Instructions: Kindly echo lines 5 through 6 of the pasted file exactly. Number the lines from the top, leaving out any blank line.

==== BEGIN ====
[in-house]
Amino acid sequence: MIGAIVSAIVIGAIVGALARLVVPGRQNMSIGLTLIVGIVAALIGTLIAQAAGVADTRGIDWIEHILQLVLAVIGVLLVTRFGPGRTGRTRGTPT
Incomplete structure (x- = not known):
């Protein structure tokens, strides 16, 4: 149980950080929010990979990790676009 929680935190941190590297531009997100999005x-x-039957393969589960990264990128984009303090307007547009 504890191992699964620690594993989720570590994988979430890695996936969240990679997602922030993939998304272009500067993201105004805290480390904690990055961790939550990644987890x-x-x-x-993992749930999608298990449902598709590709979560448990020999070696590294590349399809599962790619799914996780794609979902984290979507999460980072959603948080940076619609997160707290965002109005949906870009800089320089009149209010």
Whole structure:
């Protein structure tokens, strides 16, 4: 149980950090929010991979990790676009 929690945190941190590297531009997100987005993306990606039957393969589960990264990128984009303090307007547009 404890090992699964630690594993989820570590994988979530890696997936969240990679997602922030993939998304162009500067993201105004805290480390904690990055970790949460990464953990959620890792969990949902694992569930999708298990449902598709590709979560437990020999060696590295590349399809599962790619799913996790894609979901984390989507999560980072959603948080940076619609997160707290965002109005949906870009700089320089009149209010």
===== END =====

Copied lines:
Whole structure:
């Protein structure tokens, strides 16, 4: 149980950090929010991979990790676009 929690945190941190590297531009997100987005993306990606039957393969589960990264990128984009303090307007547009 404890090992699964630690594993989820570590994988979530890696997936969240990679997602922030993939998304162009500067993201105004805290480390904690990055970790949460990464953990959620890792969990949902694992569930999708298990449902598709590709979560437990020999060696590295590349399809599962790619799913996790894609979901984390989507999560980072959603948080940076619609997160707290965002109005949906870009700089320089009149209010």